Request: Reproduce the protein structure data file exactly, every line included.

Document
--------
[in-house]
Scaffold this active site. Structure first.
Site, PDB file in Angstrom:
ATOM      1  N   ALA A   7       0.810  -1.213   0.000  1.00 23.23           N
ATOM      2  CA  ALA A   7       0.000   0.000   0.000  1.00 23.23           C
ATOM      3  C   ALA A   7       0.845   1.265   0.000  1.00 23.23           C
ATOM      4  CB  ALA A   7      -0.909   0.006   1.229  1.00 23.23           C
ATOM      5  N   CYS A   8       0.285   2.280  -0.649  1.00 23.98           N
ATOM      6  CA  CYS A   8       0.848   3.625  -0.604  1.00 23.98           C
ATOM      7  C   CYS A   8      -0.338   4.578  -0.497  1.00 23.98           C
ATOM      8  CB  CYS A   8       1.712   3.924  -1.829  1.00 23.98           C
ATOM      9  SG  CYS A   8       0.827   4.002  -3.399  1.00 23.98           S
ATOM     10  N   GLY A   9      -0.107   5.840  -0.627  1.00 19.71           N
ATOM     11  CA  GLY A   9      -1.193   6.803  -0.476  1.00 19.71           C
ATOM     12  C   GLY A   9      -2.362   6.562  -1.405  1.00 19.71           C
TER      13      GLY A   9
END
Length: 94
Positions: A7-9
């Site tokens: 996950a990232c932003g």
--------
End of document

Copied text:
[in-house]
Scaffold this active site. Structure first.
Site, PDB file in Angstrom:
ATOM      1  N   ALA A   7       0.810  -1.213   0.000  1.00 23.23           N
ATOM      2  CA  ALA A   7       0.000   0.000   0.000  1.00 23.23           C
ATOM      3  C   ALA A   7       0.845   1.265   0.000  1.00 23.23           C
ATOM      4  CB  ALA A   7      -0.909   0.006   1.229  1.00 23.23           C
ATOM      5  N   CYS A   8       0.285   2.280  -0.649  1.00 23.98           N
ATOM      6  CA  CYS A   8       0.848   3.625  -0.604  1.00 23.98           C
ATOM      7  C   CYS A   8      -0.338   4.578  -0.497  1.00 23.98           C
ATOM      8  CB  CYS A   8       1.712   3.924  -1.829  1.00 23.98           C
ATOM      9  SG  CYS A   8       0.827   4.002  -3.399  1.00 23.98           S
ATOM     10  N   GLY A   9      -0.107   5.840  -0.627  1.00 19.71           N
ATOM     11  CA  GLY A   9      -1.193   6.803  -0.476  1.00 19.71           C
ATOM     12  C   GLY A   9      -2.362   6.562  -1.405  1.00 19.71           C
TER      13      GLY A   9
END
Length: 94
Positions: A7-9
């Site tokens: 996950a990232c932003g």